After nine weeks, Italians were able to leave their homes as the country started to ease lockdown restrictions after recording the lowest coronavirus death and transmission figures since March. The government said each region is responsible for ensuring social distancing but pictures suggest people are ignoring the advice.
Hundreds of people were photographed in St Mark’s Square in Venice where, just two months ago, it was deserted after it was announced people were allowed to leave their homes for less urgent reasons.
While more than four million people are expected to return to work at factories and construction sites across Milan but those taking public transport must stay 3ft away from each other.
However, people have been photographed pouring out a train at Cadorna station in Milan despite regional authorities enforcing social distancing.
Under the government orders, people travelling on public transport must wear protective masks, and although Italians are abiding by that rule, it seems the 3ft social distancing rules have been ignored as these people leave a train station ion Naples.
Italians disregard social distancing rules as Italy begins to ease lockdown
Hundreds of people visited St Mark’s Square in Venice as restrictions began to lift
Hundreds of commuters were photographed waiting at the Termini Central train station with social distancing rules not being followed.
On Sunday, Italy recorded the lowest figure of deaths, with just 174, since the lockdown went into effect back in March.
However, the drop came after a spike of 473 deaths the day before.
The number of cases was also the lowest since March with 1,389, taking the total to 210,717.
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Hundreds of commuters ignore social distancing rules in Milan
With Italy’s R rate – the number of people that each person infects – has fallen below one, the country is now moving into ‘phase two’ of the pandemic.
Prime Minister Giuseppe Conte announced a staggered reopening with various regions moving at different speeds.
Under ‘phase two’, bars and restaurants can resume takeaway services while building sites and factories can continue production.
People are able to visit family relatives but not friends and only those that live in the region they are in.
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Italy orders people to social distance and wear masks while on publish transport
Commuters continue to ignore social distancing rules in Naples
Masks must be worn on public transport and parks have reopened but people are enquired to observe the 3ft ‘spacing’ guidelines.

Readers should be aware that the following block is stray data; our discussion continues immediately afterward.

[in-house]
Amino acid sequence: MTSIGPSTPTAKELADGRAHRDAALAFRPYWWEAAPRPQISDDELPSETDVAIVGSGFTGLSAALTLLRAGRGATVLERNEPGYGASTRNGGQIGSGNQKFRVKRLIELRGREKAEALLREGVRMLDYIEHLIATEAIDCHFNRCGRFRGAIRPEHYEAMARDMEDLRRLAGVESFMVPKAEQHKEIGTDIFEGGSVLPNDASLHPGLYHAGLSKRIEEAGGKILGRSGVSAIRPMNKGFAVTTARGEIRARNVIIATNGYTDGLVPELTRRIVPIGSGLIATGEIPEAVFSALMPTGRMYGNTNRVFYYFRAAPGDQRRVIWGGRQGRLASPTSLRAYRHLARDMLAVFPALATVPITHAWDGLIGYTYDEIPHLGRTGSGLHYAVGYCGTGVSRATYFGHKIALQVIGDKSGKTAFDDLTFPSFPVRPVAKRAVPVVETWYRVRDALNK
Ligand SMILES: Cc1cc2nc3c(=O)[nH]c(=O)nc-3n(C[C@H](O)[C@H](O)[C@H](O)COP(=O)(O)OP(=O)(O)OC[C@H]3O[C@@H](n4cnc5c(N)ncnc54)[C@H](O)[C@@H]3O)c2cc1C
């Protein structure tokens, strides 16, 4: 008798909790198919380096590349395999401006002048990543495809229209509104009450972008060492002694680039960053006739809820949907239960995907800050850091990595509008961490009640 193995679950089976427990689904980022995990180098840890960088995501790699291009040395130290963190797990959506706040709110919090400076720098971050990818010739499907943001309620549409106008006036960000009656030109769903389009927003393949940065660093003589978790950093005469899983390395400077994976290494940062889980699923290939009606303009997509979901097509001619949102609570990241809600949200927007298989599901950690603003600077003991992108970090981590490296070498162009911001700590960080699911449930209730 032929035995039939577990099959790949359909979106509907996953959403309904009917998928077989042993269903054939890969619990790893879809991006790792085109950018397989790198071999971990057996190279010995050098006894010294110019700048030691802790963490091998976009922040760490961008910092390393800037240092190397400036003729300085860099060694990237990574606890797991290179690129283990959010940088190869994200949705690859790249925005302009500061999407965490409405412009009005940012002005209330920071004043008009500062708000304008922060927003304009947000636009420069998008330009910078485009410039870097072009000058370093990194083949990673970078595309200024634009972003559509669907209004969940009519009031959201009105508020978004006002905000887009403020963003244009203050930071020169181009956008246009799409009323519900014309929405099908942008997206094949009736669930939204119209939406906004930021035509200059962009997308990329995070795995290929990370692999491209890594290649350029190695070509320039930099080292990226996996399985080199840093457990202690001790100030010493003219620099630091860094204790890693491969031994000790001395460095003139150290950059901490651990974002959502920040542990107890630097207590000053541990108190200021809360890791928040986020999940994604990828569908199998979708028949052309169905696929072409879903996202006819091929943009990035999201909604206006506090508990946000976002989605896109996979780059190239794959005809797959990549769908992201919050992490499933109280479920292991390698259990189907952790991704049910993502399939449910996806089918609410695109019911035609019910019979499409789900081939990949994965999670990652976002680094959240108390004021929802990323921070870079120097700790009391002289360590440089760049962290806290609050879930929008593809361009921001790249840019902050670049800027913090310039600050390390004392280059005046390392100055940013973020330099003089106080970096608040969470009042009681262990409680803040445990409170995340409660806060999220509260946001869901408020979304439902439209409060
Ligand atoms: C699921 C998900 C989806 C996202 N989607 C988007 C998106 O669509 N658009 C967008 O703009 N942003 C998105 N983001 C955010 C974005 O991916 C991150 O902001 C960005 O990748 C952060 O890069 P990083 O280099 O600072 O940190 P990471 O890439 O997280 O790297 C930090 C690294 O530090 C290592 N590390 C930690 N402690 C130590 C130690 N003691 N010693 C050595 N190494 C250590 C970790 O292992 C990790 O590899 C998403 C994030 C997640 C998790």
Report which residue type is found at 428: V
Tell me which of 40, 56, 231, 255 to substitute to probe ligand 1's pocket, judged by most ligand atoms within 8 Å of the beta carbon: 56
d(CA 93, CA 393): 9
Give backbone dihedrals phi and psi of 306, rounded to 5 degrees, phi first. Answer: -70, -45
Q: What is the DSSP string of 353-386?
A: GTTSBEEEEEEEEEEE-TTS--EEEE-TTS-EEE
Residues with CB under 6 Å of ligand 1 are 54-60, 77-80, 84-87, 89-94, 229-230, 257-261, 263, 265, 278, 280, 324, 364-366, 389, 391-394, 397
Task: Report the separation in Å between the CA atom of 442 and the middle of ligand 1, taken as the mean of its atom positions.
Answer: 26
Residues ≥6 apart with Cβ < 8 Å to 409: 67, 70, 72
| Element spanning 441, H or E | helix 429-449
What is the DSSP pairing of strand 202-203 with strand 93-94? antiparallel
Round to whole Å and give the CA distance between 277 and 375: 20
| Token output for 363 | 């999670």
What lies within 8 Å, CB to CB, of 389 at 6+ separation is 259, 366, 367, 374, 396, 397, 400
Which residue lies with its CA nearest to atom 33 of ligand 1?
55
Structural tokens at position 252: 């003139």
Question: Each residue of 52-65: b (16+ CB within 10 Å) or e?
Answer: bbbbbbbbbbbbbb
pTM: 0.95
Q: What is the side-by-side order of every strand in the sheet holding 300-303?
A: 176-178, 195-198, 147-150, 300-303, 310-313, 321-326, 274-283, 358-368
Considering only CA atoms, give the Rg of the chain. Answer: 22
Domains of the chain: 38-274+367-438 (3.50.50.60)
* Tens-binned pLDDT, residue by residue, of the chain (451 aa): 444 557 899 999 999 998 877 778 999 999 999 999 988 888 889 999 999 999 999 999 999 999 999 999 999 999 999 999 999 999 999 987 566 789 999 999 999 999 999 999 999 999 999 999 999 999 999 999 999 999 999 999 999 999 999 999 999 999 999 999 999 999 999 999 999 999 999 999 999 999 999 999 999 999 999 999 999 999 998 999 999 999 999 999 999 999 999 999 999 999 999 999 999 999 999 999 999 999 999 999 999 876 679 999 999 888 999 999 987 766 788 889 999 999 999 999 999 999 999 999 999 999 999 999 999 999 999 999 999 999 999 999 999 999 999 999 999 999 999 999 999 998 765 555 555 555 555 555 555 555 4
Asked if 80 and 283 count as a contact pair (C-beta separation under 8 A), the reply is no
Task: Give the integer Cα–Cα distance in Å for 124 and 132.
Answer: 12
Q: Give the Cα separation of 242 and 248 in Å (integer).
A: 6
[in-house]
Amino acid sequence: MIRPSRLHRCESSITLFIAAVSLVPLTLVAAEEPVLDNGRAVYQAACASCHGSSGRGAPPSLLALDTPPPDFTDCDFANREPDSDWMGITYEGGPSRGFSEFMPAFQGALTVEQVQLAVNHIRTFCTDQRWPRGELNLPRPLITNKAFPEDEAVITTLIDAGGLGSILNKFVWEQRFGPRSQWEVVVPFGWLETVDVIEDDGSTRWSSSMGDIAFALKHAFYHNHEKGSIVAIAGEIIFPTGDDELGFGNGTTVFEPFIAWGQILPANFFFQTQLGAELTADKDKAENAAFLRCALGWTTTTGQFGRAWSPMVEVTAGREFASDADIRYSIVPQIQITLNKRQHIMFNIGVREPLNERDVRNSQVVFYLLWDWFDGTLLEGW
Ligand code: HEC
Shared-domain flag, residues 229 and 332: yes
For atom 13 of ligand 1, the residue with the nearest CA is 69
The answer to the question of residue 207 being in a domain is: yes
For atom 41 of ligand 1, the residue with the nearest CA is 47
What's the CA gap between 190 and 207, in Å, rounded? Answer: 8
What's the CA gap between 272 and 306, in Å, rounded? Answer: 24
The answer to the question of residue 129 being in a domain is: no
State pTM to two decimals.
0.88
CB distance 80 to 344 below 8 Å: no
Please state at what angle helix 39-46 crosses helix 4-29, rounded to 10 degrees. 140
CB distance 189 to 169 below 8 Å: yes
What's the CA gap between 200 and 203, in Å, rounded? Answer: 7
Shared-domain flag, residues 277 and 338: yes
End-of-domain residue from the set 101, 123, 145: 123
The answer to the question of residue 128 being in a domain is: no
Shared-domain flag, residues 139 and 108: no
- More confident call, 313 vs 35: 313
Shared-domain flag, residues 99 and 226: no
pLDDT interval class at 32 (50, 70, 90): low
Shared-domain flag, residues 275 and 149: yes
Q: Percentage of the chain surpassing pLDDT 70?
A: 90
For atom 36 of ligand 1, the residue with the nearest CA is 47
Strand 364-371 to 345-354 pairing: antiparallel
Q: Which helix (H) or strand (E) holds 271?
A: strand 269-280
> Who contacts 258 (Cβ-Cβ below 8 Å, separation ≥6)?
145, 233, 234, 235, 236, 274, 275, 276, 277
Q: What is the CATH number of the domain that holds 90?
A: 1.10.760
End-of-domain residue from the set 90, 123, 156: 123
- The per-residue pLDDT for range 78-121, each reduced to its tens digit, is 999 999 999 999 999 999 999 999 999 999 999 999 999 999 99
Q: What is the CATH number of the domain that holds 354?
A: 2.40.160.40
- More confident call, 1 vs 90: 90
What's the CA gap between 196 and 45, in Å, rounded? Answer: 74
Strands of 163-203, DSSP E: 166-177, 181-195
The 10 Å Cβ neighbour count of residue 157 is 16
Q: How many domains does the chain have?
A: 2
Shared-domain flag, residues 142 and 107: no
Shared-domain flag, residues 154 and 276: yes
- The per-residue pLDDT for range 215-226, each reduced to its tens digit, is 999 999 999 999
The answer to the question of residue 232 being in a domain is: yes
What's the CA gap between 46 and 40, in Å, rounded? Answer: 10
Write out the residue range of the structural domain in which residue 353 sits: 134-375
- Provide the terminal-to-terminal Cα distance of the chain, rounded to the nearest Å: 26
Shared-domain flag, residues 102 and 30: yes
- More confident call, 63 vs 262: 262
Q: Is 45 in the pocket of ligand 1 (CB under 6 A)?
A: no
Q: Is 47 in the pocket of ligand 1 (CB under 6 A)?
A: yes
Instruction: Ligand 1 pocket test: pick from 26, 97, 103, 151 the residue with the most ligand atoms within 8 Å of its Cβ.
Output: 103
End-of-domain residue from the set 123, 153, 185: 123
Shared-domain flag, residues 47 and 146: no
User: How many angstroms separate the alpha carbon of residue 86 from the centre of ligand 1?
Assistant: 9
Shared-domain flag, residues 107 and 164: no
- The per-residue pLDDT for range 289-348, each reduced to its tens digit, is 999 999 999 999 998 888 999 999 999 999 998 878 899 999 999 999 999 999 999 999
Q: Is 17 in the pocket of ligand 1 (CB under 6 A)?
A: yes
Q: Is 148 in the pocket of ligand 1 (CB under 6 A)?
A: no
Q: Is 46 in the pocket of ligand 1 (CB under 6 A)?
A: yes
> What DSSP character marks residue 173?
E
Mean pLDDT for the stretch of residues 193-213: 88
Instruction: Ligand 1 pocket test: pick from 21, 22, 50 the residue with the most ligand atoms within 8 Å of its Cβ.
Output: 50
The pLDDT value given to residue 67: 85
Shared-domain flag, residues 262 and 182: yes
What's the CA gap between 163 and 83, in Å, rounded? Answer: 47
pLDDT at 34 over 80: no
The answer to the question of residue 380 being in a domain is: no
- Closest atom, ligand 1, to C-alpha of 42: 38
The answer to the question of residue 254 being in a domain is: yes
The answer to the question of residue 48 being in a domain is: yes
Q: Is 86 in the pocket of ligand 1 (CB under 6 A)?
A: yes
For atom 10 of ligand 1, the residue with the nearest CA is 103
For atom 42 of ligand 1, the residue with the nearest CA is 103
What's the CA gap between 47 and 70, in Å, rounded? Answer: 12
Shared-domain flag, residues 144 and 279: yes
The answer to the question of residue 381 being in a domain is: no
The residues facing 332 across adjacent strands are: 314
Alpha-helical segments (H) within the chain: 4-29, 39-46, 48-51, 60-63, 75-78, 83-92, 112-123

A maximum of 15 people are now allowed to attend funerals.
Italian health minister Roberto Speranza called for the public to keep abiding the rules.
He said: “This game is not won by decree and individual responsibility is fundamental for this second phase.
People exercise outdoors while in close proximity to each other in Barcelona
“That is, a much more difficult period comes, because there will be many more people around and therefore respecting the rules becomes even more decisive, but I think the country will live up to it.”
During the lockdown, almost everything except pharmacies and grocery stores were closed.
On March 22, Conte closed all non-essential factories.
Five days after, Italy saw its highest toll of 919 in a day.
Cafe clerks prepare coffee and cappuccinos for customers waiting to take out in Rome
Although the country is easing lockdown restrictions, the economy is expected to shrink more than in any year since the Great Depression.
Elsewhere in Europe, restrictions are slowly lifting with Germany reopening schools to give priority for older children as they prepare for summer exams.
Spain is also allowing customers to visit shops such as hair salons, but only by appointment.
Portugal has also lifted its state of emergency and allowed small shops to reopen including hair salons but will issue €350 fines for anyone not wearing a mask.
People exercise outdoor at the Pont del Petroli beach in Barcelona
The country declared a state of emergency on March 19 and has recorded more than 25,000 coronavirus cases including more than a thousand deaths.
Both Spain and Portugal have banned groups of more than 10 people in public places and in homes.
Greece is also gradually reopening and will start allowing people to leave their homes but not the wider regions they live.